MEDNTEK R82 is a fifth-generation Quaternary Ammonium Chloride, used for surface and environmental disinfection. The fifth-generation QAC is a combination of 60% of the fourth generation and 40% of the first and second-generation QAC. It can be used for surface disinfection as well as fogging, which makes it a multipurpose disinfectant. The composition comprises DDAC which has proven residual activity. The composition has EPA approval and also CDSCO certification for its efficiency against the Coronavirus. The product’s recommended use is in food processing units, pharmaceutical manufacturing, research and development laboratories, veterinary facilities, hospitals, etc.
• Gerba, C. P. (2015). Quaternary Ammonium Biocides: Efficacy in Application. Applied and Environmental Microbiology, 81(2), 464–469. https://doi.org/10.1128/AEM.02633-14
• Iñiguez-Moreno, M., Avila-Novoa, M. G., and Gutiérrez-Lomelí, M. (2018). Resistance of pathogenic and spoilage microorganisms to disinfectants in the presence of organic matter and their residual effect on stainless steel and polypropylene. Journal of Global Antimicrobial Resistance, 14, 197–201. https://doi.org/10.1016/j.jgar.2018.04.010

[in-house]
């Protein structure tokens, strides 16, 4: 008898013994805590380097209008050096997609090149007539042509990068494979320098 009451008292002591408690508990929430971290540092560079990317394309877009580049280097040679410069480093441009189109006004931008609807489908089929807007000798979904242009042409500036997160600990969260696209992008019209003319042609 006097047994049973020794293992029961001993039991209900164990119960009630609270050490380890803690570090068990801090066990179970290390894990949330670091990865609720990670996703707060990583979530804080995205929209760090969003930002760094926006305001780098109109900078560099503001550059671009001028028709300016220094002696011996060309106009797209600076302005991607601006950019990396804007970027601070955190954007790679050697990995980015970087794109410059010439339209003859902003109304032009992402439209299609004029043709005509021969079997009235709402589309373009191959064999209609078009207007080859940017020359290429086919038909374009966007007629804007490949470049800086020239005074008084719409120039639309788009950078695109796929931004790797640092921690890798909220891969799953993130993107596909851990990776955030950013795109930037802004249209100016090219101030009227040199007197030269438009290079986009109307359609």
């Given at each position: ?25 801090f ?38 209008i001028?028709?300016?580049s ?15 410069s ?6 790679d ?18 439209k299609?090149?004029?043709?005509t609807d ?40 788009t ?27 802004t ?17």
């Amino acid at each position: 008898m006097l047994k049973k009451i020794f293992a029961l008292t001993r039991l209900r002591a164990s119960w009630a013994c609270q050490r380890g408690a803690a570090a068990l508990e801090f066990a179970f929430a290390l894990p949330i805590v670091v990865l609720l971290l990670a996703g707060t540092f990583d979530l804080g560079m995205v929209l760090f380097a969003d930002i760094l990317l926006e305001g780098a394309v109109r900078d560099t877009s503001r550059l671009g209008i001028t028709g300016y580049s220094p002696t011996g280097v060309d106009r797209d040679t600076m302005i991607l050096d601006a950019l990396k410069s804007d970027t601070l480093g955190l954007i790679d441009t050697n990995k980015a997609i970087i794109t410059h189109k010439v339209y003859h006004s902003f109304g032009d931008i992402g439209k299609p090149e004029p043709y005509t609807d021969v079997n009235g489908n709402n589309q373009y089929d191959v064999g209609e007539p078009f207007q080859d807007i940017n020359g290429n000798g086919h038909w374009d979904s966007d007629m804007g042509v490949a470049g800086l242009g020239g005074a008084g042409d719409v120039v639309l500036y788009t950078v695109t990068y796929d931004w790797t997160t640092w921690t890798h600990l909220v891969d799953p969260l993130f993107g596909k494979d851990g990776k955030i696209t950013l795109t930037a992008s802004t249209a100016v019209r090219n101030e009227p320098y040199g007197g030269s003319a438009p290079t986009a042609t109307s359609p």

• Miglani, A., Saini, C., Musyuni, P., and Aggarwal, G. (2021). A review and analysis of product recall for pharmaceutical drug product. Journal of Generic Medicines: The Business Journal for the Generic Medicines Sector, 174113432110338. https://doi.org/10.1177/17411343211033887
• Wieland, N., Boss, J., Lettmann, S., Fritz, B., Schwaiger, K., Bauer, J., and Hölzel, C. S. (2017). Susceptibility to disinfectants in antimicrobial-resistant and -susceptible isolates of Escherichia coli, Enterococcus faecalis and Enterococcus faecium from poultry-ESBL/AmpC-phenotype of E. coli is not associated with resistance to a quaternary ammonium. Journal of Applied Microbiology, 122(6), 1508–1517. https://doi.org/10.1111/jam.13440
• Yim, J. H., Song, K. Y., Kim, H., Bae, D., Chon, J. W., and Seo, K. H. (2021). Effectiveness of calcium hypochlorite, quaternary ammonium compounds, and sodium hypochlorite in eliminating vegetative cells and spores of Bacillus anthracis surrogate. Journal of Veterinary Science, 22(1), e11. https://doi.org/10.4142/jvs.2021.22.e11
Glossary: • US-FDA- United States Food and Drug Administration • ISI- Indian Standards Institute • ISO- International Organization for Standardization • FSSAI- Food Safety and Standards Authority of India • HACCP- Hazard Analysis Critical Control Point • 21 CFR – Code of Federal Regulations Title 21 • cGMP- Current Good Manufacturing Practice